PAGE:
restrictions upon attempting to transfer funds in January 2004.
(Id. ¶ 26.) This set of restrictions limited Plaintiffs to
$50,000 daily transfers in twenty-two additional investment
options. (Id.) Again Plaintiffs received no written notice of
the limitations until after they had attempted transfers. (Id.)
Plaintiffs continued to use the annuity contracts to execute
their investment strategy, placing funds in other investment
options and making $50,000 transfers into the restricted funds
when sensible. (Id. ¶ 34.) The restrictions on the annuity
contracts, however, hampered Plaintiffs' investment strategy and
they accordingly attempted to transfer "a majority" of their
funds to investments not controlled by Defendant. (Id. ¶ 35.)
The only restrictions expressed in the annuity contracts with
respect to Plaintiffs' right to transfer their money out of the
annuities were that any withdrawal be a minimum of $500 and that
any withdrawal leaving less than $500 would be treated as a full
surrender. (Id. ¶ 34.)
On February 25, 2004, Louise Prescott submitted a request that
a majority of her funds be transferred to American Skandia, a
Prudential Financial Company. (Id. ¶ 36.) Defendant timely
honored her request. (Id.) "Shortly thereafter," the Amos N.
Prescott and Amos N. Prescott Jr. Trusts submitted requests that Defendant transfer a majority of
their funds to American Skandia on March 3 and March 4. (Id. ¶
37.) Defendant refused. (Id. ¶ 38.) Defendant indicated that it
would not honor a request to transfer a portion of the funds and
would only execute the transfer if Plaintiffs withdrew all of
their funds from the annuity contracts. (Id.) On March 16,
Plaintiffs demanded that Allstate honor their requests. (Id. ¶
39.) On March 20, Defendant executed Plaintiffs' requested
transfer, but valued the accounts as of March 16, rather than
when Plaintiffs' request had been received. (Id.) The two-week
delay caused Plaintiffs to lose approximately $301,000. (Id. ¶
This Court will only grant a motion to dismiss if "it appears
beyond doubt that the plaintiff can prove no set of facts in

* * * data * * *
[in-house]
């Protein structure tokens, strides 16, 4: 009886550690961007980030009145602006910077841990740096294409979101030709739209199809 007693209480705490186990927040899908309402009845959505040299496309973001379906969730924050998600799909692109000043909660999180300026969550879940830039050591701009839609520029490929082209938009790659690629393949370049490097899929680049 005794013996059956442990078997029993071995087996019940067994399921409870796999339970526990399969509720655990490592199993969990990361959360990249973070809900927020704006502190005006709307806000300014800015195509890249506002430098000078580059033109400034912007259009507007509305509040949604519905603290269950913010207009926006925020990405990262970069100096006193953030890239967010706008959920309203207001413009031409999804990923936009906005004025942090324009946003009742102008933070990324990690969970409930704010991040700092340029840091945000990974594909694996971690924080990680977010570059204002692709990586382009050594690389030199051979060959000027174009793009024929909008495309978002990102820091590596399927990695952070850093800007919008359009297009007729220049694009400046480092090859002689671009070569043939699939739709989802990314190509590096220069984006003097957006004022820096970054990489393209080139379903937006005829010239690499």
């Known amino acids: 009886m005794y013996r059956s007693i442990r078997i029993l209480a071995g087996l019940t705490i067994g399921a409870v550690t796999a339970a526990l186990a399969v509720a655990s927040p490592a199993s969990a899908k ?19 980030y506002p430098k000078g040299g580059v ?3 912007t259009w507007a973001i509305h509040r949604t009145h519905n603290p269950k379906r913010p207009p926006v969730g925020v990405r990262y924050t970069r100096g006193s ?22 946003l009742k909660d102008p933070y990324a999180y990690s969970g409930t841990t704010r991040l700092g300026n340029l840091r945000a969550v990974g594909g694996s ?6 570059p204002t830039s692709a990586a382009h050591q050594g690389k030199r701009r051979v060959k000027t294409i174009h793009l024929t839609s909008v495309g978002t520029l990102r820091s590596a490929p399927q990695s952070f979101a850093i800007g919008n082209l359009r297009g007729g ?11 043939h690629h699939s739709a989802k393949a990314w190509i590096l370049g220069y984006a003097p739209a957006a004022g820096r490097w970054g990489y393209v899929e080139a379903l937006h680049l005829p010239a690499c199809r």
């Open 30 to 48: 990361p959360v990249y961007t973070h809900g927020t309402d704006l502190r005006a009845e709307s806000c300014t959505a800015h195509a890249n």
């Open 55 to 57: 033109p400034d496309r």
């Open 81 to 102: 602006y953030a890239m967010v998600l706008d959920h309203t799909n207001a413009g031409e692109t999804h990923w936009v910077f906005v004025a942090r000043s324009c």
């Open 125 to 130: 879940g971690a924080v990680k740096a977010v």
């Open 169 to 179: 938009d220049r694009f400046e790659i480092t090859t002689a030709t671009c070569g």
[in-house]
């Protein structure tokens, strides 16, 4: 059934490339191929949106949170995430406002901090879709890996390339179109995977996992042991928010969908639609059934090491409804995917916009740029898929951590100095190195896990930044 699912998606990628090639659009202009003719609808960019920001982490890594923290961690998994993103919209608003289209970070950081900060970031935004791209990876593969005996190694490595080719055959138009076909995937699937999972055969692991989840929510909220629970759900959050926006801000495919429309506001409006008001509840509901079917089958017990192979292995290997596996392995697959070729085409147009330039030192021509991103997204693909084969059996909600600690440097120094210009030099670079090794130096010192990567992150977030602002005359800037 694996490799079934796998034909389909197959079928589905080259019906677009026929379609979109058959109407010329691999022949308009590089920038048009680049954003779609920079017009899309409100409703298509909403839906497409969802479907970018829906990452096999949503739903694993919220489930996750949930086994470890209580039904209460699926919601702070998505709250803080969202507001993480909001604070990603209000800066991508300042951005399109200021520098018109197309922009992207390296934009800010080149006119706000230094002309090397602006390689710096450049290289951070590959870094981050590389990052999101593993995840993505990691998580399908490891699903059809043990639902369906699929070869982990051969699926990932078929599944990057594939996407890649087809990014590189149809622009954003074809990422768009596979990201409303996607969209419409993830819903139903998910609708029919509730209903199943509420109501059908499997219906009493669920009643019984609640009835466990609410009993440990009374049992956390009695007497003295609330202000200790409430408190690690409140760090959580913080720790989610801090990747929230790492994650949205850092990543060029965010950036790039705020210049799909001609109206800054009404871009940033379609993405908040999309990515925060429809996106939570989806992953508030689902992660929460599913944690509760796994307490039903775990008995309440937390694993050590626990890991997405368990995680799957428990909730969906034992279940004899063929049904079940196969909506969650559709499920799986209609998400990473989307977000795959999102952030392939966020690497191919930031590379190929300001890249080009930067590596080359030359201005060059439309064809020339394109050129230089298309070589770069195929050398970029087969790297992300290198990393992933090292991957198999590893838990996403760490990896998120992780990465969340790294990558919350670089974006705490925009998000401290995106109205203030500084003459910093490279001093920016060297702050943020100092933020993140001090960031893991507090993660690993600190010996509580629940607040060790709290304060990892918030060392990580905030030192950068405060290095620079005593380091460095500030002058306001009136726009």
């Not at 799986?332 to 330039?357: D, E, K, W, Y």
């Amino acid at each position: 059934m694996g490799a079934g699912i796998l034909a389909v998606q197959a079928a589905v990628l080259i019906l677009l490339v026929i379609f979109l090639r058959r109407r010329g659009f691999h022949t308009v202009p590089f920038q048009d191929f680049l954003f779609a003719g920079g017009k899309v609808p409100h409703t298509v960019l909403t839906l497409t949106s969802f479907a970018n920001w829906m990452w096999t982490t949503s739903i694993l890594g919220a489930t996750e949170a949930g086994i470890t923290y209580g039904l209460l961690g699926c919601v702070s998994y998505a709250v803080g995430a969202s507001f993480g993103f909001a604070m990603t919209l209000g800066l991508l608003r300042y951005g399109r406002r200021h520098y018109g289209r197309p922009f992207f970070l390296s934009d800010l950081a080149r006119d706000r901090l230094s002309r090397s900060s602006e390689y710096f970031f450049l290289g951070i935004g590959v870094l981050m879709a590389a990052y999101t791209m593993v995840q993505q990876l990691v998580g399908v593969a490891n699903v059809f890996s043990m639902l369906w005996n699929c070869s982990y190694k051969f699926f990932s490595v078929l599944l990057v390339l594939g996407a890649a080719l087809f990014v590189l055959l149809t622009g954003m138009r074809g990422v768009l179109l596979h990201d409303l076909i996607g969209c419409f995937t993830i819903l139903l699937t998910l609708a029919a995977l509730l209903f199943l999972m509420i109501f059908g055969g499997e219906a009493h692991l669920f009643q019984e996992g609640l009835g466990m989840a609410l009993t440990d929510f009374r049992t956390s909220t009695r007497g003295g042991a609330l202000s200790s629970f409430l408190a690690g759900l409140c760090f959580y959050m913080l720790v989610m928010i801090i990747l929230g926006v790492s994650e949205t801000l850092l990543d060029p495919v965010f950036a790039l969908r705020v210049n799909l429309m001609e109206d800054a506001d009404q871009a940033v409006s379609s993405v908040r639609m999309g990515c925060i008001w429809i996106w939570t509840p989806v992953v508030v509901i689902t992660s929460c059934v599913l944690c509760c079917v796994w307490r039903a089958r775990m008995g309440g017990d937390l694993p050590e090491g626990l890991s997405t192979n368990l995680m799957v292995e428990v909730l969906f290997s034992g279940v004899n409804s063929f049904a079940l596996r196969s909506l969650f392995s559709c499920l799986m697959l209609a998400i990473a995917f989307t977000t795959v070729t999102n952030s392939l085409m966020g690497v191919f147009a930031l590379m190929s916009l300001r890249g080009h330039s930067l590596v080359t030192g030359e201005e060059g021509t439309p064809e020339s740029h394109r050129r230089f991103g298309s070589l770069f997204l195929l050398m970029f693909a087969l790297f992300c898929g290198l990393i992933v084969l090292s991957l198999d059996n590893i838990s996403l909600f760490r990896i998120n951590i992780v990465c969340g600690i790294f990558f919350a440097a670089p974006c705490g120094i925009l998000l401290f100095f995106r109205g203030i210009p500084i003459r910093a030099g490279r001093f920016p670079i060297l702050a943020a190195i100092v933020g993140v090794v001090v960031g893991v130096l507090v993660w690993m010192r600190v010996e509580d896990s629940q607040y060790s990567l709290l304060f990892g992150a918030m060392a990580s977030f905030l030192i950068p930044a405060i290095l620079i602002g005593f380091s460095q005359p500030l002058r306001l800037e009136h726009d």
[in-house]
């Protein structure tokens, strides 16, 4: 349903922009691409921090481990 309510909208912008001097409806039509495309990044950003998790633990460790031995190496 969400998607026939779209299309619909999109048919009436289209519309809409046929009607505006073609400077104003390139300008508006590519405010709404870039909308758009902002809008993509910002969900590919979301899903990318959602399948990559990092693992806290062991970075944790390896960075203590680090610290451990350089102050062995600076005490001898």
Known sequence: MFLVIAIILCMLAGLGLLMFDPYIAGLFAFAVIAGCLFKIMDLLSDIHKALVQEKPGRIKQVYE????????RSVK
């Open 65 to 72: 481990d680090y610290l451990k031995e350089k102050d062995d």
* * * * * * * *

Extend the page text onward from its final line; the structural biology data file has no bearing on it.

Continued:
support of his claim which would entitle him to relief." Conley
v. Gibson, 355 U.S. 41, 45-46 (1957). This Court will accept all
well-pled allegations as true and draw all reasonable inferences
in favor of the plaintiff. Thompson v. Ill. Dep't of Prof'l
Regulation, 300 F.3d 750, 753 (7th Cir. 2002). A complaint
states a claim if it gives the defendant "fair notice of what the
plaintiff's claim is and the grounds upon which it rests."
Conley, 355 U.S. at 47. "The plaintiff is not required to plead
facts or legal theories or cases or statutes, but merely to
describe his claim briefly and simply." Shah v.
Inter-Continental Hotel Chi. Operating Corp., 314 F.3d 278, 282
(7th Cir. 2002).
I. Count III: Breach of Duty of Good Faith and Fair Dealing
Plaintiffs' claim for breach of the duty of good faith and fair
dealing does not state a valid cause of action under Illinois
law. Plaintiffs claim (as an alternative to their second breach
of contract claim) that Defendant breached its duty of good faith
and fair dealing when it refused to timely honor Plaintiffs' fund
withdrawal requests. Plaintiffs characterize Defendant's refusal
as "capricious, intentional with an improper motive, outrageous
and/or in a manner inconsistent with the reasonable expectations
of the parties." (R. 2, Amended Compl. ¶ 51.) Illinois, however,
does not recognize the contractual covenant of good faith and